respectively. It can be clearly seen that Ar:N2 flow rates during analysis showed that there was a significant amount of oxygen
deposition can strongly affect the morphology of the CrNx in the coatings, and the films were actually Crx(O,N)1−x.
coatings. A very porous and columnar grain structure is produced
at an Ar:N2 ratio of 43:43 sccm (Fig. 5a). At the Ar:N2 flow rate of 3.2. Phase analysis
60:40 sccm (Fig. 5b), the film is coarser and slightly denser. As the
nitrogen flow rate was further decreased, the film showed a dense Fig. 6 shows the XRD peaks of the Cr1−xAlxN films
“cauliflower” structure (Fig. 5c). An increase in the nitrogen deposited at 3 kW target power and Ar:N2 flow rate of
concentration during deposition was found to give rise to a more 60:40 sccm. In this study, the film composition varied from
dense structure [13–15]. about 1 mol% Al to 26 mol% Al along the sample position in

Fig. 7. XRD spectra of (a) CrNx, (b) Cr1−xAlxN close to the Cr target and (c) Cr1−xAlxN close to the Al target, after oxidation at 900 °C.
4416 S.R. Pulugurtha, D.G. Bhat / Surface & Coatings Technology 201 (2006) 4411–4418

the substrate holder. It is predicted that the crystal structure for is high enough to cause the formation of Cr2O3 in the film during
the pseudo-binary Cr1−xAlxN changes from B1 type (FCC) to the deposition. But the chromium to nitrogen ratio in all the films
B4 (Wurtzite) type at about 77 mol% AlN [16–19]. From the is approximately 1:1, which is close to stoichiometric CrN.
XRD results, pseudo-binary Cr–Al–N films were identified to
be the B1 type crystal structure for all samples, as the films were 3.3. Oxidation studies
rich in CrN. In addition to the peaks originating from the steel
substrates, the diffraction peaks of planes {111}, {200}, and The oxidation behavior was studied for CrNx and Cr1−xAlxN
{400}, corresponding to the CrN phase are identified, although films. The samples deposited at 3 kW and different Ar:N2 flow
the existence of Cr2N phase cannot be excluded due to the peak rates withstood the annealing temperature of 900 °C in air for
overlap. The B1 crystalline phases in the films deposited at 6 h. XRD patterns after annealing at 900 °C are shown in Fig. 7.
3 kW and Ar:N2 flow rate of 60–40 sccm showed a (111) Fig. 7(a) shows data for CrN and Fig. 7(b) and (c) for Cr1−xAlxN
preferred orientation. An increase in the Al content in the films at 3 kW and Ar:N2 flow rate of 60–40 sccm.
caused the peaks to shift to higher diffraction angles. The The CrNx coating manifests clear signs of oxidation at
XRD analysis showed the presence of Cr2O3 peaks, indicating 900 °C with the presence of peaks of α-Cr2O3, with a strong
that the films contain multiple phases. The formation of chro- (110) preferred orientation, as shown in Fig. 7(a). On the other
mium oxynitrides cannot be ruled out, as indicated by the peak hand, the Cr1−xAlxN samples show several CrN peaks even after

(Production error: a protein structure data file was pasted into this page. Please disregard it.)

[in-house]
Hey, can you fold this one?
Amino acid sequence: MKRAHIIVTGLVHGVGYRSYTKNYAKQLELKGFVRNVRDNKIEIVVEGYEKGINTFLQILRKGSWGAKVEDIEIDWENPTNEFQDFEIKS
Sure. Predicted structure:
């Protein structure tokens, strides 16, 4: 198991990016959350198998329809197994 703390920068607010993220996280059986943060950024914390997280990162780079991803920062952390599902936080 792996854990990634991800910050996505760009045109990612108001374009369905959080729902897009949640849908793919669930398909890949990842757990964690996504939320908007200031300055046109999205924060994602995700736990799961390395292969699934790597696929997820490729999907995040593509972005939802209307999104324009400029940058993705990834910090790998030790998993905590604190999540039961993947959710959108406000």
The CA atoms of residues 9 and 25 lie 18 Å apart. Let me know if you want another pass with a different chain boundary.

shifts. oxidation, indicating an improvement in the thermal stability up
From the EDAX analysis, it was observed that all the films to 900 °C as observed from the XRD analysis. These results are
(CrNx or Cr1−xAlxN) contain more than 18 at.% of oxygen, which in good agreement with the results of earlier groups [1–9].

Fig. 8. SEM micrographs of Cr1−xAlxN films close to the Cr target (a) as-deposited (b) annealed in air; close to the Al target (c) as-deposited (d) annealed in air at
900 °C; and CrNx (e) as-deposited (f ) annealed in air at 900 °C.
S.R. Pulugurtha, D.G. Bhat / Surface & Coatings Technology 201 (2006) 4411–4418 4417

Fig. 9. SEM micrographs of Cr1−xAlxN films at 3 kW and different Ar:N2 flow rates: At 70:30 sccm: (a) close to Cr target (b) close to Al target; at 60:40 sccm: (c) close
to Cr target (d) close to Al target; at 43:43 sccm (e) close to Cr target (f ) close to Al target; annealed in air at 900 °C.

Fig. 8 shows the micrographs of the Cr1−xAlxN and CrNx more in concentration in the film at higher nitrogen flow rates as
films heated in air. The films show the evidence of densification can be seen from the Fig. 9(f ).
(sintering) and noticeable recrystallization. The films close to
the chromium target, shown in Fig. 8(a) and (c), have faceted 4. Conclusions
crystallites with hexagonal shape, while the films close to the
aluminum target do not show any well defined crystal 1. The composition of the Cr1−xAlxN films varied along the
morphology after heating in air to 900 °C. length of the chamber axis from about 1.14 at.% of Al to
Fig. 9(a)–(f ) show the micrographs of the Cr1−xAlxN films 23 at.% of Al at all the deposition conditions.
close to Cr and Al targets, deposited at 3 kW and Ar:N2 rates of 2. The CrN x films exhibit highly columnar growth mode
70:30, 60:40 and 43:43 sccm, and annealed in air at 900 °C. All when the substrate is oriented parallel to the flux of ion-
the films show densification as a result of sintering in air. As the ized species. By contrast, the Cr1−xAl xN films exhibit
nitrogen content in the films increases, samples close to the smoother morphology, with less pronounced columnar
chromium target show hexagonal crystal structure with a large habit, when the substrate is oriented normal to the flux of
crystallite size at Ar:N2 equal to 43:43, while for the samples ionized species.
close to the aluminum target, the films do not have a well 3. The CrNx coatings got oxidized to α-Cr2O3 on heating in air
defined crystal structure. Interestingly, there are some whiskers at 900 °C, while the Cr–Al–N films showed an improvement
observed on the films on oxidation in air. These whiskers were in thermal stability.
4418 S.R. Pulugurtha, D.G. Bhat / Surface & Coatings Technology 201 (2006) 4411–4418